Concurrently, the gallery will present an exhibition of recent landscape paintings by Bruce Everett. After spending many years in Southern California, Everett recently moved to the central coast and, like many cultural historians and geographers, he recognizes Point Conception as the border between Southern and Northern California. Entitled, North of Conception, this exhibition includes views of the vineyards, oaks and rolling hills that characterize the Central Coast.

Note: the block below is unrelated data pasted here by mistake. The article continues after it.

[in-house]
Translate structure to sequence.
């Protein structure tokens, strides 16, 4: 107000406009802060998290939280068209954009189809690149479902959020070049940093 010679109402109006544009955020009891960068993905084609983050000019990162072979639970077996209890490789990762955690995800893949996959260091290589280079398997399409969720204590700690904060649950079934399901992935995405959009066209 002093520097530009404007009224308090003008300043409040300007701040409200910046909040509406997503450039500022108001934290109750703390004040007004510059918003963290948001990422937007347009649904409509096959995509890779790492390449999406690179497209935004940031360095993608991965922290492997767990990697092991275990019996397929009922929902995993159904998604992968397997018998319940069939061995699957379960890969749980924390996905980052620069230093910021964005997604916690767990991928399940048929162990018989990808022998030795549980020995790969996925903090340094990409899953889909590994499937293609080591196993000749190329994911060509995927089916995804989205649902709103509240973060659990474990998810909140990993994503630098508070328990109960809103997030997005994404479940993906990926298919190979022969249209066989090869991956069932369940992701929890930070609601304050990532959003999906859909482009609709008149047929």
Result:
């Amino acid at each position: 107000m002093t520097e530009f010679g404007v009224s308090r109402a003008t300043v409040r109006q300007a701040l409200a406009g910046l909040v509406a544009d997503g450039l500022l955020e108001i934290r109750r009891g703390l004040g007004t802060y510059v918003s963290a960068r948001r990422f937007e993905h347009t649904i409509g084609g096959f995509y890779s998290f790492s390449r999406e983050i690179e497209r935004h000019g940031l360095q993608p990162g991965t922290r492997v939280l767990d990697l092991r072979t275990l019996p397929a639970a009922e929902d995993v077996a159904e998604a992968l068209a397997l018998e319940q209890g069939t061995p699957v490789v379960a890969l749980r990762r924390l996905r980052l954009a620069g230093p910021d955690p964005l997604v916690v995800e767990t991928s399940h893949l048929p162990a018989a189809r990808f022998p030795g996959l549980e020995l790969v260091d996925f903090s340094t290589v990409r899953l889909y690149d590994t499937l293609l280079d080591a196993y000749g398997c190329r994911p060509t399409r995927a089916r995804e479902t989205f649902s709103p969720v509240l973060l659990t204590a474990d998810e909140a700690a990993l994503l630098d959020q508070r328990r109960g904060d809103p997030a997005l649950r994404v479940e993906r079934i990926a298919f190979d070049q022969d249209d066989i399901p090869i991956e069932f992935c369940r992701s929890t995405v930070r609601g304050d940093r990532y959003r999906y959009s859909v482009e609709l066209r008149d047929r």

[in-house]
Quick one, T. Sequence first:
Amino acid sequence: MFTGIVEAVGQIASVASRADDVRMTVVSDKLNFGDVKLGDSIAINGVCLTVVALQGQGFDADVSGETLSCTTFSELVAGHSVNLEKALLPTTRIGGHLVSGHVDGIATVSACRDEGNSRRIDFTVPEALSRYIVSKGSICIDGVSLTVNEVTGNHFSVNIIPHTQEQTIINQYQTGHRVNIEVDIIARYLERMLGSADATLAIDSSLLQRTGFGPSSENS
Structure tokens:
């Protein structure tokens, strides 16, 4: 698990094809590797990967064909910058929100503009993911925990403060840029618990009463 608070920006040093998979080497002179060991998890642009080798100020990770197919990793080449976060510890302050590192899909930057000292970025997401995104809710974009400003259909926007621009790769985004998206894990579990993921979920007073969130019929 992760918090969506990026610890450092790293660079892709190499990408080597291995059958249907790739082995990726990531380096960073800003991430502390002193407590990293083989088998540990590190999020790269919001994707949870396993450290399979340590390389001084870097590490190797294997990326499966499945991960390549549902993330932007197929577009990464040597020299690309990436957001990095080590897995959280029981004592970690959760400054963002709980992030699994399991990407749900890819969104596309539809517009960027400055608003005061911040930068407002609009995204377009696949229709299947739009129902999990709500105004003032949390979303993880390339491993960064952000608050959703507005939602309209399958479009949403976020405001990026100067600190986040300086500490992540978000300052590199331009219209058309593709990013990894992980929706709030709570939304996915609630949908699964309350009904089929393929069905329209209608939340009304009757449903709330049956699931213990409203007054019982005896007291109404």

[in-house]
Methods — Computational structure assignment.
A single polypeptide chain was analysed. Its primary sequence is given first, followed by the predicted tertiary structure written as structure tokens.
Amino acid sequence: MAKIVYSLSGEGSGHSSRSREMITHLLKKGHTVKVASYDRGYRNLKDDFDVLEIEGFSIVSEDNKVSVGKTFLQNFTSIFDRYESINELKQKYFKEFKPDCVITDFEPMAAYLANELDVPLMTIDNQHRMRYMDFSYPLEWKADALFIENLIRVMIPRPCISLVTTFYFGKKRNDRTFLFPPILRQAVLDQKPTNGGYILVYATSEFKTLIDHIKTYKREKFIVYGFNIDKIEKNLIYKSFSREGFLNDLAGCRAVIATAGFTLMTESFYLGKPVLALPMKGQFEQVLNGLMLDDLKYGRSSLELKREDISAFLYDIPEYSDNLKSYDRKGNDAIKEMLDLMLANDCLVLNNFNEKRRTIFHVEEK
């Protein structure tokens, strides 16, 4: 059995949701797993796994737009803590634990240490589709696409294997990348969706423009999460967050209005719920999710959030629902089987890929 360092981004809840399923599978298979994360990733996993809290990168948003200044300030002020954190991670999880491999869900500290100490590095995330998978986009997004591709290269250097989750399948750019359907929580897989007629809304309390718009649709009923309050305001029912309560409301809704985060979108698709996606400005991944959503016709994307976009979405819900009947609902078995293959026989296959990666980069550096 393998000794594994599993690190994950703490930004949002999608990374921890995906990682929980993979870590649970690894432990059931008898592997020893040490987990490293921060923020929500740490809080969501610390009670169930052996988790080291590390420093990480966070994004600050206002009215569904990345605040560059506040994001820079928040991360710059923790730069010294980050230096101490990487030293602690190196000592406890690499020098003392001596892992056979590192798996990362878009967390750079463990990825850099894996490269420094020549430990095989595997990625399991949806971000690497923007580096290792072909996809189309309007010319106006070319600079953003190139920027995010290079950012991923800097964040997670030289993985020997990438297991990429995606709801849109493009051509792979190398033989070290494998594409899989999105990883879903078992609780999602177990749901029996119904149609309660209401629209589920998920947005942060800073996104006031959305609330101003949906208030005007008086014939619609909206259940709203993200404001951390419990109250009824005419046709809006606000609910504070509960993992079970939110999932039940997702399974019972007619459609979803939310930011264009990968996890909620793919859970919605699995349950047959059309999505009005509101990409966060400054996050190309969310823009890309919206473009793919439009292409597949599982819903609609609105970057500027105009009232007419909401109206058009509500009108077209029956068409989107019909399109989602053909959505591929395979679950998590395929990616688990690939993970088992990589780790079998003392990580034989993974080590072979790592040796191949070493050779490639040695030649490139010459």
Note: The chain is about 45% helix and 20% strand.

Bruce Everett's plein-air and large-scale studio paintings of rural California landscapes have been referred to as painterly photorealism. For many years, the artist lived in the recesses of a rocky Chatsworth canyon and focused on the unique terrain of those sand-colored boulder formations and surrounding hills. Six years ago, he moved to the central coast of California and his new paintings look at the landscape north of Point Conception, which is often considered both the natural and cultural division between Northern and Southern California. While it is difficult to imagine any California location being remote these days, many of Everett's perspectives are obtainable only by means of his hand-built Ultra Light airplane. Sometimes working from photographs made from the open cockpit of this plane, Everett creates bird's-eye views of a California landscape we know, but assumed had vanished. Some of the paintings in this exhibition also required special access to properties such as the usually restricted Coho Jalama Ranch.